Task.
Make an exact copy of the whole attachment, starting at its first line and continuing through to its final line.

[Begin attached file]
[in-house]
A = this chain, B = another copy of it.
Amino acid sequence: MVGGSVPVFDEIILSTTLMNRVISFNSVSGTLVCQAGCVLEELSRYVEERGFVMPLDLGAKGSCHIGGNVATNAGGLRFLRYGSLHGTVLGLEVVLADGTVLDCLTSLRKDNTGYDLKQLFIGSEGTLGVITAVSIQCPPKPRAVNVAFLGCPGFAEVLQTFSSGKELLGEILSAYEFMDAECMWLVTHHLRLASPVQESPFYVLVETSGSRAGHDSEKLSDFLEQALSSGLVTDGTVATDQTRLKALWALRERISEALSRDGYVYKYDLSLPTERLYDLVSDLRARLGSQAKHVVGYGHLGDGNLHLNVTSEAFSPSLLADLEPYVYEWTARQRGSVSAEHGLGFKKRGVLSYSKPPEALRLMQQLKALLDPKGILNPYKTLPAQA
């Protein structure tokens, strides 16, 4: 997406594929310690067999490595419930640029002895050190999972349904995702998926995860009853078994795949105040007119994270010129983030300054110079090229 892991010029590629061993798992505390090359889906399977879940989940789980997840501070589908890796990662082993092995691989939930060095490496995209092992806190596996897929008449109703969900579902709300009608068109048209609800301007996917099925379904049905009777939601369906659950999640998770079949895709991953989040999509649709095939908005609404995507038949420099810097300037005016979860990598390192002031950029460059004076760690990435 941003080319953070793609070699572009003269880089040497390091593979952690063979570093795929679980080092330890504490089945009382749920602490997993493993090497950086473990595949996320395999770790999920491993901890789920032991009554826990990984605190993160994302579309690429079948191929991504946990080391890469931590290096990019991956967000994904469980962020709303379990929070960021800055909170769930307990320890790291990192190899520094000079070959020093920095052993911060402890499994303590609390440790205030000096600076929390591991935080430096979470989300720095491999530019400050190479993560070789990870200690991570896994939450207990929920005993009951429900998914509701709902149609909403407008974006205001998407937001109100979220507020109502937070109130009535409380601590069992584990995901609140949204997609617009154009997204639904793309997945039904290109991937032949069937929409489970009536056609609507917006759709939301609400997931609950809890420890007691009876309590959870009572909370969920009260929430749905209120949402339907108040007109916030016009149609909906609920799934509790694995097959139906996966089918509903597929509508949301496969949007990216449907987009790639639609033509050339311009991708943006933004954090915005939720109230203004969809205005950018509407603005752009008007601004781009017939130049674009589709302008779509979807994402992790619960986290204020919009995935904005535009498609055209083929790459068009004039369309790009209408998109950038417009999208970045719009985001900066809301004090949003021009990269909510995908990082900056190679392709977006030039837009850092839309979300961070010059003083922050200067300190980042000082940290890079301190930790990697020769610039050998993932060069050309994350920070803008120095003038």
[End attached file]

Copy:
[in-house]
A = this chain, B = another copy of it.
Amino acid sequence: MVGGSVPVFDEIILSTTLMNRVISFNSVSGTLVCQAGCVLEELSRYVEERGFVMPLDLGAKGSCHIGGNVATNAGGLRFLRYGSLHGTVLGLEVVLADGTVLDCLTSLRKDNTGYDLKQLFIGSEGTLGVITAVSIQCPPKPRAVNVAFLGCPGFAEVLQTFSSGKELLGEILSAYEFMDAECMWLVTHHLRLASPVQESPFYVLVETSGSRAGHDSEKLSDFLEQALSSGLVTDGTVATDQTRLKALWALRERISEALSRDGYVYKYDLSLPTERLYDLVSDLRARLGSQAKHVVGYGHLGDGNLHLNVTSEAFSPSLLADLEPYVYEWTARQRGSVSAEHGLGFKKRGVLSYSKPPEALRLMQQLKALLDPKGILNPYKTLPAQA
């Protein structure tokens, strides 16, 4: 997406594929310690067999490595419930640029002895050190999972349904995702998926995860009853078994795949105040007119994270010129983030300054110079090229 892991010029590629061993798992505390090359889906399977879940989940789980997840501070589908890796990662082993092995691989939930060095490496995209092992806190596996897929008449109703969900579902709300009608068109048209609800301007996917099925379904049905009777939601369906659950999640998770079949895709991953989040999509649709095939908005609404995507038949420099810097300037005016979860990598390192002031950029460059004076760690990435 941003080319953070793609070699572009003269880089040497390091593979952690063979570093795929679980080092330890504490089945009382749920602490997993493993090497950086473990595949996320395999770790999920491993901890789920032991009554826990990984605190993160994302579309690429079948191929991504946990080391890469931590290096990019991956967000994904469980962020709303379990929070960021800055909170769930307990320890790291990192190899520094000079070959020093920095052993911060402890499994303590609390440790205030000096600076929390591991935080430096979470989300720095491999530019400050190479993560070789990870200690991570896994939450207990929920005993009951429900998914509701709902149609909403407008974006205001998407937001109100979220507020109502937070109130009535409380601590069992584990995901609140949204997609617009154009997204639904793309997945039904290109991937032949069937929409489970009536056609609507917006759709939301609400997931609950809890420890007691009876309590959870009572909370969920009260929430749905209120949402339907108040007109916030016009149609909906609920799934509790694995097959139906996966089918509903597929509508949301496969949007990216449907987009790639639609033509050339311009991708943006933004954090915005939720109230203004969809205005950018509407603005752009008007601004781009017939130049674009589709302008779509979807994402992790619960986290204020919009995935904005535009498609055209083929790459068009004039369309790009209408998109950038417009999208970045719009985001900066809301004090949003021009990269909510995908990082900056190679392709977006030039837009850092839309979300961070010059003083922050200067300190980042000082940290890079301190930790990697020769610039050998993932060069050309994350920070803008120095003038």